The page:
Tom Walker: I'm enjoying the success but it's a double-edged sword... touring is really tough
Tom Walker has had an incredible few months. After rising to fame last year following the release of his smash hit single Leave A Light On, he has gone on to win a Brit Award and score a number one album. The Scottish singer-songwriter talks to Lucy Mapstone about his career so far, how it felt to see his debut album top the charts over Bryan Adams, and his dreams for the future
Tom Walker is one of Scotland's biggest emerging stars, but you'd be forgiven for being none the wiser to his heritage when speaking to him. If anything, there is a vague dash of Mancunian in there, but overall, he's quite difficult to place.
"My accent's all over the place," Walker says, laughing.
"I was born in Scotland and then I moved to Manchester, but I've lived in London for the last seven years. And my girlfriend is from Huddersfield, so she's properly northern.
"It depends who I'm speaking to. I speak to my parents in a Scottish accent, or anyone who is Scottish."
Walker's speaking voice might be tricky to pin down, but his singing voice is instantly recognisable, thanks to his breakout smash hit Leave A Light On.
The robust ballad is easily one of the most adored tracks of the past year, and has been a runaway success, reaching the top 10 in several countries, including number seven in the UK.
Walker then went on to win the British breakthrough act Brit Award in February, despite not having even released an album at the time.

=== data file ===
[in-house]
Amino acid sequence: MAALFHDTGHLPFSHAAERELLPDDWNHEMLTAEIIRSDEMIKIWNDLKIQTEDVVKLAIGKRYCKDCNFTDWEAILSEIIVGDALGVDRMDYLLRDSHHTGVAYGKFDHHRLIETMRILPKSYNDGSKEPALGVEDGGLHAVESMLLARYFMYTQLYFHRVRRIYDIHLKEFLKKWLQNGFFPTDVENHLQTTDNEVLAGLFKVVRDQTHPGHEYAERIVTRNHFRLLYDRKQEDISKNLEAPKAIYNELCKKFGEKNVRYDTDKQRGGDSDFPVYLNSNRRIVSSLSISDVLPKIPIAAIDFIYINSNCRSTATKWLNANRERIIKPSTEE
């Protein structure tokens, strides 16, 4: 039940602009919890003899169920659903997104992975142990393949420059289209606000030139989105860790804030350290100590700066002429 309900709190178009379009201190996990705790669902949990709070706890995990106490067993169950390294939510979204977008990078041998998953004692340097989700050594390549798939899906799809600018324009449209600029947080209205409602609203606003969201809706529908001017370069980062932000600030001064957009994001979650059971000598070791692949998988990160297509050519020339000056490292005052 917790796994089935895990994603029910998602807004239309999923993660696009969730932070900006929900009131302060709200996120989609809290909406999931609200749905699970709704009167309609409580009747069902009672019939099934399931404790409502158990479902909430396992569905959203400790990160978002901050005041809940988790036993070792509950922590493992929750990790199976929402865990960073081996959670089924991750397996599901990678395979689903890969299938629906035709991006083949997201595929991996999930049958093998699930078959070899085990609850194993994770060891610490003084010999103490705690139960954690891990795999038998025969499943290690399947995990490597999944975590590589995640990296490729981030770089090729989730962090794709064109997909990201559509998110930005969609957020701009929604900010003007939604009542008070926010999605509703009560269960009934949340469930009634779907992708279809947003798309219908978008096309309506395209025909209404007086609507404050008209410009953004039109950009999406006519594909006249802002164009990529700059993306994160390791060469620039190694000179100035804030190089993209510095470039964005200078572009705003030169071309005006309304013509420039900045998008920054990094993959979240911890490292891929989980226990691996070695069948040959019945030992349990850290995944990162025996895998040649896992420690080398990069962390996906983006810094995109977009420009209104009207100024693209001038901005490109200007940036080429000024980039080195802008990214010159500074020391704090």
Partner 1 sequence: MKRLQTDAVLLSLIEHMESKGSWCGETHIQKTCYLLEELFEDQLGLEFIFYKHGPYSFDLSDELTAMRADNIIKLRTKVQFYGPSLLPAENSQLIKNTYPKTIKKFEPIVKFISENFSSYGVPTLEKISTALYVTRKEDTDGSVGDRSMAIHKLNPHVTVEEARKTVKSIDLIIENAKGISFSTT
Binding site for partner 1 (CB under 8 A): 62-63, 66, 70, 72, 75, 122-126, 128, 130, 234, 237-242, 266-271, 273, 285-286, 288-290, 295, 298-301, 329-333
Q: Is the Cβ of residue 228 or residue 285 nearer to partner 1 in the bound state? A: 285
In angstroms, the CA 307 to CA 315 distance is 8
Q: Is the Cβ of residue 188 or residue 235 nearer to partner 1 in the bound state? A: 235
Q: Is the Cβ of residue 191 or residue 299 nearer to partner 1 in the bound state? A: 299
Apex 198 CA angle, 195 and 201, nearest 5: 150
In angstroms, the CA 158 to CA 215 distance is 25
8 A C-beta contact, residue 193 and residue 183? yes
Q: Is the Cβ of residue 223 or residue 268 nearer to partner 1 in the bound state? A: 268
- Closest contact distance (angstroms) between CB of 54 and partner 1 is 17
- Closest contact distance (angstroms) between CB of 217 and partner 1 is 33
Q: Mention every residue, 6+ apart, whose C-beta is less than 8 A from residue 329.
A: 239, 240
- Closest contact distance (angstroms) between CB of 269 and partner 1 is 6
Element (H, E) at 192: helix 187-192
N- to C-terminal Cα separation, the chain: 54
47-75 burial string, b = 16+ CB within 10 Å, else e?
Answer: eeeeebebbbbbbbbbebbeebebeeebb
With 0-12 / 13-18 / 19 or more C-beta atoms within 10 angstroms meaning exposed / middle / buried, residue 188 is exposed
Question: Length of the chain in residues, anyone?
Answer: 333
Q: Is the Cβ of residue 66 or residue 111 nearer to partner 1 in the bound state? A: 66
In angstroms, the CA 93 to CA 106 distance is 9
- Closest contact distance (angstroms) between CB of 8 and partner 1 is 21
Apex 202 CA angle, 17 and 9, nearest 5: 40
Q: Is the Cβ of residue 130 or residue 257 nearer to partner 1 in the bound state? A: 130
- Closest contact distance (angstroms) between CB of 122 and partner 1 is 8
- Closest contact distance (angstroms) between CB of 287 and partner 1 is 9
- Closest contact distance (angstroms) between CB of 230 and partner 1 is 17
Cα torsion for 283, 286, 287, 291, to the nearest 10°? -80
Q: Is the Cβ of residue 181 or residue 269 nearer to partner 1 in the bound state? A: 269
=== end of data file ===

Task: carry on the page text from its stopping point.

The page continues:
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The following month, he dropped debut album What A Time To Be Alive, and it went straight to number one, fending off competition from music heavyweight Bryan Adams, who had to settle for number two.
What A Time To Be Alive has now just been named the best-selling debut album of the year by the Official Charts Company, and is sixth biggest-selling album of the year overall.
It's fair to say Walker has had a pretty incredible few months.
"It was crazy, I was not expecting that," he reflects of the Brit Award, the disbelief still resonant in his voice.
On his album topping the charts, he adds: "That was pretty crazy too. It was Bryan Adams' 14th studio album or something.
"You spend so long working on an album, so when it actually does the thing you set out for it to do, it's so gratifying."
With success that comes as speedily as Walker's did - from being an unknown to becoming a Brit-winning, chart-topping star in the space of a year - comes the inevitable hype, the fame, the glory, and the expectation.
Does he ever doubt himself?
"I don't think people would be proper musicians if they didn't doubt themselves. If you don't question what you're creating, where's the quality control? It's a mixture of both; I'm enjoying the success but always second-guessing."
Walker has, as quickly as his career has taken off, also managed to anchor himself with not just his music, but his image.
With his thick beard, woollen hat and intense gaze - all present on his album cover thanks to artist Craig Alan, who painted 2,000 people to create a portrait of Walker's face - it's unsurprising the 27-year-old has been spotted by fans when out and about over the past few months.
"Everyone's well nice. Most people just want to get a photo, and that's it," he says. "It doesn't happen all the time, but there has been a bit more recently than it was previously."
Another thing that comes with fast fame is a concern over mental health, and its potentially detrimental impact.